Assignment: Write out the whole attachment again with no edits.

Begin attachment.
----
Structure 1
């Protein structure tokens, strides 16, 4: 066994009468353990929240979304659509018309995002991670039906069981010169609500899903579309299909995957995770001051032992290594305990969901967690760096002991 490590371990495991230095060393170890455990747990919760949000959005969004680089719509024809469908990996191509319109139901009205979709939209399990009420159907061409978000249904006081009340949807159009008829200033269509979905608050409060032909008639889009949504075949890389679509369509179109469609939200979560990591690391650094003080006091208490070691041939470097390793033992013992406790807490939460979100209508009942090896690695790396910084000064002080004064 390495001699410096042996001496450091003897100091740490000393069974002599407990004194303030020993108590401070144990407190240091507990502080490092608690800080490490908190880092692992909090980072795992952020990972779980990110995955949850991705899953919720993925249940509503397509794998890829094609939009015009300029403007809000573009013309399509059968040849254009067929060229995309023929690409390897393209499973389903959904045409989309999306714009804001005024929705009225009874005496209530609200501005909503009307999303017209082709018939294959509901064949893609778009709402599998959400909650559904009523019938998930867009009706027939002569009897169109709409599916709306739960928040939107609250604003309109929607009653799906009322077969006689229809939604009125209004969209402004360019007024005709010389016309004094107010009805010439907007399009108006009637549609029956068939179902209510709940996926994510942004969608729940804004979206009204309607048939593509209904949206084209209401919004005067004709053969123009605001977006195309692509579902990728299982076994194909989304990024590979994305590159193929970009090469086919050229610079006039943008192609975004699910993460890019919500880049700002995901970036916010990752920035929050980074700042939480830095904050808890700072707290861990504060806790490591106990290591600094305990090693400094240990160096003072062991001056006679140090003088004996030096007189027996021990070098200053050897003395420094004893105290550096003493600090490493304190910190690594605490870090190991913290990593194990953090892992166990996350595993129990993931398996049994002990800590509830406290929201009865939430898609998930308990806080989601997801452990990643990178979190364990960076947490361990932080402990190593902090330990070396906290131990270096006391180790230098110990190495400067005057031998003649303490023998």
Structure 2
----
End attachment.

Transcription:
Structure 1
């Protein structure tokens, strides 16, 4: 066994009468353990929240979304659509018309995002991670039906069981010169609500899903579309299909995957995770001051032992290594305990969901967690760096002991 490590371990495991230095060393170890455990747990919760949000959005969004680089719509024809469908990996191509319109139901009205979709939209399990009420159907061409978000249904006081009340949807159009008829200033269509979905608050409060032909008639889009949504075949890389679509369509179109469609939200979560990591690391650094003080006091208490070691041939470097390793033992013992406790807490939460979100209508009942090896690695790396910084000064002080004064 390495001699410096042996001496450091003897100091740490000393069974002599407990004194303030020993108590401070144990407190240091507990502080490092608690800080490490908190880092692992909090980072795992952020990972779980990110995955949850991705899953919720993925249940509503397509794998890829094609939009015009300029403007809000573009013309399509059968040849254009067929060229995309023929690409390897393209499973389903959904045409989309999306714009804001005024929705009225009874005496209530609200501005909503009307999303017209082709018939294959509901064949893609778009709402599998959400909650559904009523019938998930867009009706027939002569009897169109709409599916709306739960928040939107609250604003309109929607009653799906009322077969006689229809939604009125209004969209402004360019007024005709010389016309004094107010009805010439907007399009108006009637549609029956068939179902209510709940996926994510942004969608729940804004979206009204309607048939593509209904949206084209209401919004005067004709053969123009605001977006195309692509579902990728299982076994194909989304990024590979994305590159193929970009090469086919050229610079006039943008192609975004699910993460890019919500880049700002995901970036916010990752920035929050980074700042939480830095904050808890700072707290861990504060806790490591106990290591600094305990090693400094240990160096003072062991001056006679140090003088004996030096007189027996021990070098200053050897003395420094004893105290550096003493600090490493304190910190690594605490870090190991913290990593194990953090892992166990996350595993129990993931398996049994002990800590509830406290929201009865939430898609998930308990806080989601997801452990990643990178979190364990960076947490361990932080402990190593902090330990070396906290131990270096006391180790230098110990190495400067005057031998003649303490023998």
Structure 2